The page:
Kahumana Permaculture Sanctuary Part III: Structure & Plans

Preface - Home Page

Part I: History & Legends
The History

Part II: The Vision
Different Streams Come Together
The Vision
The Intention

Part III: Structure & Plans
The Preliminary Permaculture Design
Projects And People
The Intentional Community
Building Intentional Community
The Location
The Physical Structure
1. Structures (Prioritized A-C)
2. People On The Land
Activities Within The Structure
Organizational Structure

Part IV: Community Integration
Community Vision
Cultural Heritage Recuperation

Part V: Finances & Legal Structure
Financial Outline
Managerial Outline
Progression of Planning/Completion Phases
Legal Format

Part VI: Contact Info. & Appendix
Pertinent Stakeholders
Letters Of Intention

The Preliminary Kahumana Sanctuary Permaculture Design:


In the midst of a global environmental and cultural crisis, our goal is to conserve and enhance natural ecosystems by offering people sustainable ways to live, think and feel. To accomplish our goals we rely significantly on the Permaculture approach, an approach that provides for human needs while actually improving ecosystems. Our Permaculture design reflects the overall goals of the Kahumana Sanctuary and strives to create a synergistic blend of Permaculture, Deep Ecology and self-sufficient community.

During this preliminary Permaculture design process we visited the Kahumanu Sanctuary property several times. By listening to the land we developed the beginnings of an integrated approach that we believe is sensitive to the aina and the diverse concerns of the community. Although this design employs Hawaiian cultural practices, we strongly feel the need for additional input and guidance from proactive Hawaiian elders - preferably those whose families are from lower Puna.

The land that makes up this 350 acres is an ideal place for what could become Hawai'i's premiere permaculture, deep ecology and community-living education site. The earth is extremely fertile and overall it is one of the most beautiful areas on the island. Furthermore, it is close to many excellent destinations, like beaches, tide pools, warm ponds and other Permaculture farms.

We are very excited about the Kahumana Permaculture site and are looking forward to developing a more detailed design. We feel that the implementation of this design will make Kahumanu Sanctuary an outstanding model for a sustainable future in the Hawaiian Islands and beyond.

please click the image below to navigate the full design

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Projects and People

Teaching Permaculture as a sustainable practice.
Permaculture is about designing ecological human habitats and food production systems. . La'akea Permaculture Gardens attracts students on a continuous basis. It has shown that this kind of educational setting can persist in our local environment. [For a detailed definition of Permaculture please see Appendix]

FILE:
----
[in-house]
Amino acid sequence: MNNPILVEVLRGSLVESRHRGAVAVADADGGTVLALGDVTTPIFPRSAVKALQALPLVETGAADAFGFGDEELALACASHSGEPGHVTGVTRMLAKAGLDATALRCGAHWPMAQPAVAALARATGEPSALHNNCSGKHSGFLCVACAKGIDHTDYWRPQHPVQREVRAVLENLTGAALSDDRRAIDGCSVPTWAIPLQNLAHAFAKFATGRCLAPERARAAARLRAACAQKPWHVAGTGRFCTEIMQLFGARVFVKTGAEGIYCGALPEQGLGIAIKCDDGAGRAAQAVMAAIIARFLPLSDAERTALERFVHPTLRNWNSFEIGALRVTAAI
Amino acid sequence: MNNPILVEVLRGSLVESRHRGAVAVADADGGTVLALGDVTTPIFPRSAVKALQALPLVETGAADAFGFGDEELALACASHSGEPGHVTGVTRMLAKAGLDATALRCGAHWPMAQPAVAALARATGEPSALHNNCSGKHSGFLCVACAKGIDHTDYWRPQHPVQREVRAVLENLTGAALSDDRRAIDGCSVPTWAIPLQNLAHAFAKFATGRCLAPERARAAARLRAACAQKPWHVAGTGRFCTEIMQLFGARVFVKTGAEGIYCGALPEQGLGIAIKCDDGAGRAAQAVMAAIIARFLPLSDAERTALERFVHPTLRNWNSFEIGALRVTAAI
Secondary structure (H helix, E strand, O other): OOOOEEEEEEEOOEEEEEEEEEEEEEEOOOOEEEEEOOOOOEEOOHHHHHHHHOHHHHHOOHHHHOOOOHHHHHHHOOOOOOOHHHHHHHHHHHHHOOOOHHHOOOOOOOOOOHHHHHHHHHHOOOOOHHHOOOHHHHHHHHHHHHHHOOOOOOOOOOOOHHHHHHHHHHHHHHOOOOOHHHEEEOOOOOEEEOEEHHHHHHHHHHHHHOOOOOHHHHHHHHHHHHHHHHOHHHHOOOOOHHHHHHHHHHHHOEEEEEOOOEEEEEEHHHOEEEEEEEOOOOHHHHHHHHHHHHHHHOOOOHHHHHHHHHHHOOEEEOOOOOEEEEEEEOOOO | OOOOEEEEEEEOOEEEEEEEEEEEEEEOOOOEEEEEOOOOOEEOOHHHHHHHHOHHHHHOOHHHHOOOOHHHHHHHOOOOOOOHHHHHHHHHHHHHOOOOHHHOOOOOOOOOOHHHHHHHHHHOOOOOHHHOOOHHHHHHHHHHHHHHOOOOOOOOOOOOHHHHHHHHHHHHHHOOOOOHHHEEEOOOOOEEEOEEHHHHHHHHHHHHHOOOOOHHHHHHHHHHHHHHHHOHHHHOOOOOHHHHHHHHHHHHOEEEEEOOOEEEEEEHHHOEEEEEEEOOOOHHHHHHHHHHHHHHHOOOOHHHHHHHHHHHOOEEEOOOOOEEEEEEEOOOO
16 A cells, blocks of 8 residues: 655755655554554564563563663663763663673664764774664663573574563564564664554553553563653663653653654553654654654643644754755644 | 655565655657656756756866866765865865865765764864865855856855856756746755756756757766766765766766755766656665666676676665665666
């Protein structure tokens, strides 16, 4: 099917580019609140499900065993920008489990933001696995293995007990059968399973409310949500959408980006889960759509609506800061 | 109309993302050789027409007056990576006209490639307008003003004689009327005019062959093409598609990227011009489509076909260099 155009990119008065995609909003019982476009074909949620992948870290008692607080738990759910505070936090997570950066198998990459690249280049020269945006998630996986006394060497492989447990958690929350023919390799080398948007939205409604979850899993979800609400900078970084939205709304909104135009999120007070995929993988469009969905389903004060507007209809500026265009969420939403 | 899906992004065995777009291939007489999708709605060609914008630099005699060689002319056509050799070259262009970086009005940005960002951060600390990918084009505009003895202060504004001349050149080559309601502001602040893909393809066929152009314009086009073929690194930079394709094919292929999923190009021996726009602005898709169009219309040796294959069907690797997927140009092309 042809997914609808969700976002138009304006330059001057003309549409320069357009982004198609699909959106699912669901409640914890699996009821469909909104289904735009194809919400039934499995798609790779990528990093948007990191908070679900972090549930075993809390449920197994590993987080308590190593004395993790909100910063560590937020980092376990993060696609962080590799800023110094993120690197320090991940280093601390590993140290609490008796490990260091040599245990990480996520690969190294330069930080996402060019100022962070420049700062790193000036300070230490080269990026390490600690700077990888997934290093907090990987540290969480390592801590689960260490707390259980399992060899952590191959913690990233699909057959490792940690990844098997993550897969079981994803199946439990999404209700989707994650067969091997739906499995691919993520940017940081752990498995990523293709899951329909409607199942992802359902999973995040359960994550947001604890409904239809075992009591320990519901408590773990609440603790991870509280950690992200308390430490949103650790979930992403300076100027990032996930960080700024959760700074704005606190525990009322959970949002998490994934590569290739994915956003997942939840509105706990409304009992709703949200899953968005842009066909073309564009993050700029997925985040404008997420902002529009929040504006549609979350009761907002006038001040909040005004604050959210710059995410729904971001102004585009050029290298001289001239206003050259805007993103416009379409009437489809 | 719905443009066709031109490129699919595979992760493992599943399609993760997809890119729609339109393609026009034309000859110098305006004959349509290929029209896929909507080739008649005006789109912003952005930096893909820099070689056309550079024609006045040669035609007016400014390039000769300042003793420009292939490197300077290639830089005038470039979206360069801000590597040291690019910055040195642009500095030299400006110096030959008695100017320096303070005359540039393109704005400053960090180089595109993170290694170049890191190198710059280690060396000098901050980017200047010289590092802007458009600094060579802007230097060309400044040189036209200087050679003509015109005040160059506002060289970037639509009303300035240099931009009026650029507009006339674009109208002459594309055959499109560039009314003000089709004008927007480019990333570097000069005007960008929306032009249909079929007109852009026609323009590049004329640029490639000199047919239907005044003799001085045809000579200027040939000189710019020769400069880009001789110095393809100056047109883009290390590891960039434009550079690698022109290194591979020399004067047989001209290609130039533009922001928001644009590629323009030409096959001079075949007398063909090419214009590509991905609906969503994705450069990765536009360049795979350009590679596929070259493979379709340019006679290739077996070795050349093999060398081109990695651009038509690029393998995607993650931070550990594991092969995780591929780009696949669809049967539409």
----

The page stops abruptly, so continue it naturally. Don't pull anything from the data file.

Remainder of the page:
Presented by the La‘akea Permaculture Gardens team.

The Earth Speaks Experience
The Earth Speaks Experience is an intentional transformational experience. It is a process of remembering our connection with the Earth and revealing our inherent freedom. At its core we have placed a powerful tool of Ecotherapy, called the TARA Process.
Presented by Dr. Beatrix Pfleiderer and team.

Exploring the Ecology of Body, Mind and Spirit
The emerging field of eco-psychology bridges the domains of ecology and psychology to address the psychological and spiritual roots of the ecological crisis. Eco-psychologists view humanity as interdependent with all other life forms, including Earth itself. By reaching this consciousness through transformation, we act effectively to care for the Earth and all life.
Presented by Bodhitara Searles and team.

Environmental Vision Quests
Island Outpost (IO) is a Public Charity dedicated to raising the conciousness of our fellow humans in the arena of the inter-connectiveness of our global environment and our role as Stewards of Planet Earth. [For more information and a statement from the director please see appendix]
Presented by Dr. Jason Saleeby, President and Director of Island Outpost

Conservation Projects
Certain areas shall be managed primarily to benefit native species.
By designating critical habitat we make an effort to protect threatened and endangered plants. A critical habitat does not create a preserve or close areas to private use but limits activities such as logging, grazing and recreation.

3.6 Solar power- a technology for today and tomorrow
Each day more energy falls to the Earth from the sun's rays than the total amount of
energy the planet's 5.9 billion inhabitants would consume in 27 years. Only in the last few decades-when growing energy demands, increasing environmental problems and declining fossil fuel resources made us look to alternative energy options-have we focused our attention on truly exploiting this tremendous resource. The requirement for energy in space for powering satellite systems provided a big impetus to advance the technology. Community education programs and conclusive on-site demonstration of applied photo-voltaic technology.
Presented by BP-Solar and Pro-Vision Inc.

‘Aha Pünana Leo – Understanding Hawaiian Ways
Our preference would be to have Jimmy Nani‘ole help us develop an understanding of Hawaiian tradition and create an opportunity to share this with our guests, workshop-participants and staff.

Bird Sanctuary
We are fast approaching the point where we need refuges for ALL global life forms as well as regional, national, or state parks for indigenous forms of plants and animals. While we see our local flora and fauna as "native", we may also logically see all life as "native to Earth". While we try to preserve systems that are still local and diverse, we should also build new and recombinant ecologies from global resources. (from Bill Mollison's Practical Guide for a Sustainable Future).
The Bird Sanctuary is William's domain.

Agricultural Research Station
Cooperative agro-research for local crops. This permaculture based research project will protect, cultivate and share endangered plants as well as developing appropriate farming methods for local organic farmers, householders and public facilities.